Points for a Compass Rose is held together by a system of associations and images, rather than by logical or narrative development. Although this method involves the reader in sudden shifts in subject, time, and character, it is essential to Connell’s central concern, which is the confused human response to uncertain times. He asks toward the end of the work, “Do human events exceed human understanding?” In a sense, this book is his attempt at an answer to that question.
The first cluster of themes found throughout the work concern travel and exploration; it is a topic announced even in the book’s title, with its reference to maps and navigation. Connell announces his intention early: “Listen. I’ve decided to take a trip,” and he urges his readers to accompany him:
I don’t plan to returnaltogether ignorant, and you’re welcome to join me.So what do you say? Come along. Let’s traveltogether.God our suzerain has a duty to protect His vassals;but with Him or without we’ll go back and forthalong the dusty ways choosing all knowledgeas our provenance. Interspersing fact with lore,interpreting experience in terms of moral purpose...
Throughout the book, references are made to travel, journeys, and explorations. On one level, the image of the journey becomes a symbol for the acquisition of knowledge, an undertaking which Connell clearly regards as a moral, even a religious, duty. Just as explorers clear away the blank spaces of the map with detailed features of the landscape, so attentive men and women can clear away the dark spaces of human character—and perhaps prevent or mitigate the crimes and atrocities which are so often noted in Points for a Compass Rose.
On a second level, the theme of exploration and discovery addresses this topic of human violence. Connell hints broadly at this theme in six passages, where he gives precise geographical locations, noted in degrees of latitude and longitude. Each location is a site where European culture interacted, mostly destructively, with indigenous cultures: for example, at the mouth of the Congo, where the slave trade began; off the coast of South America, where the conquistadors destroyed the ancient civilizations of Inca and Maya; and in the seas off Southeast Asia, where collisions between the East and the West, including the Vietnam War, occurred repeatedly.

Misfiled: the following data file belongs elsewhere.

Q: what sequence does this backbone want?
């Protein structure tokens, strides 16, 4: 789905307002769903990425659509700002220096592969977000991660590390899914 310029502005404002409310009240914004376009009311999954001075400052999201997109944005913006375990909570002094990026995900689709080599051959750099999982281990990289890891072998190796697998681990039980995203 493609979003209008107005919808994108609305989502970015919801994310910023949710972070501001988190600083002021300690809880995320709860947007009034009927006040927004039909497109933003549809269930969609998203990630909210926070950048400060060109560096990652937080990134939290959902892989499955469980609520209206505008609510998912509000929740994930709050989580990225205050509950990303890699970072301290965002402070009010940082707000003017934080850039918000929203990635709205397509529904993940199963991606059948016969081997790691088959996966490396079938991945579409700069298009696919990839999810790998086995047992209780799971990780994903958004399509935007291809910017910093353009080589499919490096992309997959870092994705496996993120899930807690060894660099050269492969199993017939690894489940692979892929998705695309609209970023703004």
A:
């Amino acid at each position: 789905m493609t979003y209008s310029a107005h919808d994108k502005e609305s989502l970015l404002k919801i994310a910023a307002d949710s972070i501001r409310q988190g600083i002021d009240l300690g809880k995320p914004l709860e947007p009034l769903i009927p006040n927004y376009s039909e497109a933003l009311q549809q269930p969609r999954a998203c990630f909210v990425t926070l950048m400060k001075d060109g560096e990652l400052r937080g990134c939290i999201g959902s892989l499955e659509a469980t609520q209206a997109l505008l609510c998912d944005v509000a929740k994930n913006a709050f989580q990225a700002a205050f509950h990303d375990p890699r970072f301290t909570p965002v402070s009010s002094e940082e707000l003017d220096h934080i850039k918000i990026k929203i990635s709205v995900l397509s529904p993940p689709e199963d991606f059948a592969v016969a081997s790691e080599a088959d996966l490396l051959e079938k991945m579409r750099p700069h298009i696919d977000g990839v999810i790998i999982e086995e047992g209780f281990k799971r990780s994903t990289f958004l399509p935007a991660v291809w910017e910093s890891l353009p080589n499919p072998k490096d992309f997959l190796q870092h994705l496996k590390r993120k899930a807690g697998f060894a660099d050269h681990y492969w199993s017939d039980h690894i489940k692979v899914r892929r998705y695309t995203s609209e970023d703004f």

In this sense, the theme of exploration blends into the theme of cultural interaction, which for Connell can take two forms: mystery and mastery. His book is filled with oddities, strange facts from foreign lands which cannot be explained by conventional wisdom. There are many things which could be learned from those people dismissed as savages: “Let me warn you: Don’t lapse into the vulgar practice/ of decrying what you don’t comprehend.” Yet decrying, even destroying, is the most likely result of interaction between cultures, as Connell sees it. This concept leads to his third, and perhaps dominant motif, that of power and how it is exercised.
In a way, Points for a Compass Rose is a meditation on power and violence, a...
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Points for a Compass Rose is an important statement about the troubled times in which it appeared and represents a reaction of a significant portion of the American people to their country’s involvement in the Vietnamese conflict. The work was published in 1973, a time when there was considerable and often anguished debate about the role which the United States had taken in Southeast Asia. Connell’s position on the matter is quite clear, but he moves beyond polemic and momentary relevance by connecting the American experience with those of other great powers— Rome, Spain, Great Britain.
In a sense, Connell is asking questions about the nature of national power and its use, about the role of the individual in a nation. Such concerns are hardly new for Connell, but his approach—a long, discursive “poem”—was certainly unique for the period in which it was written. In this light, Points for a Compass Rose both comments upon its own time and manages to move beyond it, because of the many links and connections it makes with history.
Points for a Compass Rose also reveals its author’s artistic interests and abilities at an exceptionally high level. All Connell’s writings demonstrate an awareness of other cultures and an interest in the quirks and wonders of human nature, but this intelligence is never showcased. In The Connoisseur (1974), for example, his knowledge and mastery of pre-Columbian art...
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